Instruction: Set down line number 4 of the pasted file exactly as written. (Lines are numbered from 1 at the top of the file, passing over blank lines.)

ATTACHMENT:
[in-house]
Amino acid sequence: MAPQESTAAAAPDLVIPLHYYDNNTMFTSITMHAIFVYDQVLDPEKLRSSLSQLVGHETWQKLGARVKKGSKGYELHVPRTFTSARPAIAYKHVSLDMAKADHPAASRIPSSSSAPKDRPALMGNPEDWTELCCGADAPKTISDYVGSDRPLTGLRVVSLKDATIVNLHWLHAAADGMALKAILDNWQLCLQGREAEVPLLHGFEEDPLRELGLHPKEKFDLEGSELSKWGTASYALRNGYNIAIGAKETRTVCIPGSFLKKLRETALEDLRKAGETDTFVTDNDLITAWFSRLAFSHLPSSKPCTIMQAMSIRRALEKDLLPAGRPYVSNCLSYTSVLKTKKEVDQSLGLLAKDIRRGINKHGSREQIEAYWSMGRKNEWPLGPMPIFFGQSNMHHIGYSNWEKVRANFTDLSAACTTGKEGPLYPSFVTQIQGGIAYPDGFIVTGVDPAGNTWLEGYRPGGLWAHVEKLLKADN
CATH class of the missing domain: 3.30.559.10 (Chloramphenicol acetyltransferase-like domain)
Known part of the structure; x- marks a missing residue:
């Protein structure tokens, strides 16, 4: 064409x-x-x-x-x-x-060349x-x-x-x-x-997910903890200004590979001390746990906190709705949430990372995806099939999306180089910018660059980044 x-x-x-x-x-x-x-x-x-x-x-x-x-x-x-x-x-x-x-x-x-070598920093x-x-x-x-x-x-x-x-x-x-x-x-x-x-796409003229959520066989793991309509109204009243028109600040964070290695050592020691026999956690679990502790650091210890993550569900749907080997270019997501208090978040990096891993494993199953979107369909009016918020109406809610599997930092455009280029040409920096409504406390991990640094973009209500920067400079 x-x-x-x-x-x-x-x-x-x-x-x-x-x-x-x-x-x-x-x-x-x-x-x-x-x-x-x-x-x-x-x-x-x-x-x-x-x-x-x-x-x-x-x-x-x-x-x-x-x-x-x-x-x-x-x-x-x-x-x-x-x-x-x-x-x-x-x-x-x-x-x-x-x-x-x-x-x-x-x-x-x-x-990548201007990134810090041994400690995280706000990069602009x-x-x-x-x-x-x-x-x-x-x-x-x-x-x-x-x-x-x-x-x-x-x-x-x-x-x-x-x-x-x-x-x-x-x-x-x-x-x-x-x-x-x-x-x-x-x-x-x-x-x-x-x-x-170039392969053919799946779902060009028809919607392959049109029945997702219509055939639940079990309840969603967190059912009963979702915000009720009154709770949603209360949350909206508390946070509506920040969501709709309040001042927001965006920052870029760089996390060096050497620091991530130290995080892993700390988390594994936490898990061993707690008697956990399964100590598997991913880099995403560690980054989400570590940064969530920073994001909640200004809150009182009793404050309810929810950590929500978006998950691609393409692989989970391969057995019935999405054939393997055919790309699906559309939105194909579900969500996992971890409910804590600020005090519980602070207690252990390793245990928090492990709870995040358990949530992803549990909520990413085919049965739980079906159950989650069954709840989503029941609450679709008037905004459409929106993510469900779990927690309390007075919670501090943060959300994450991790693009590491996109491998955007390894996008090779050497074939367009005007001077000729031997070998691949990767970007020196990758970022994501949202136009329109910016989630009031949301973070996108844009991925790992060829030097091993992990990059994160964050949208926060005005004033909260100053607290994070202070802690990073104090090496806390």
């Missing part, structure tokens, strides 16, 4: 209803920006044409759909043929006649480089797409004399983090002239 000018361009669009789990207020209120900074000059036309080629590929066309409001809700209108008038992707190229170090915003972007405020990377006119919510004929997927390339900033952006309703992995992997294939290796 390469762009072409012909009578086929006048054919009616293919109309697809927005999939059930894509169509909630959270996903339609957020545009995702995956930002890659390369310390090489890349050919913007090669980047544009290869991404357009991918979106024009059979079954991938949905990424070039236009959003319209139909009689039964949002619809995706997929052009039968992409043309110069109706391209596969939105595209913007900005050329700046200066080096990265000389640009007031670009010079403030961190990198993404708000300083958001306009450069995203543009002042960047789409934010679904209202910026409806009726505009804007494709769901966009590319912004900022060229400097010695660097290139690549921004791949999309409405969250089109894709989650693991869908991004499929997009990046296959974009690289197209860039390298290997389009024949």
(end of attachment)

Known part of the structure; x- marks a missing residue: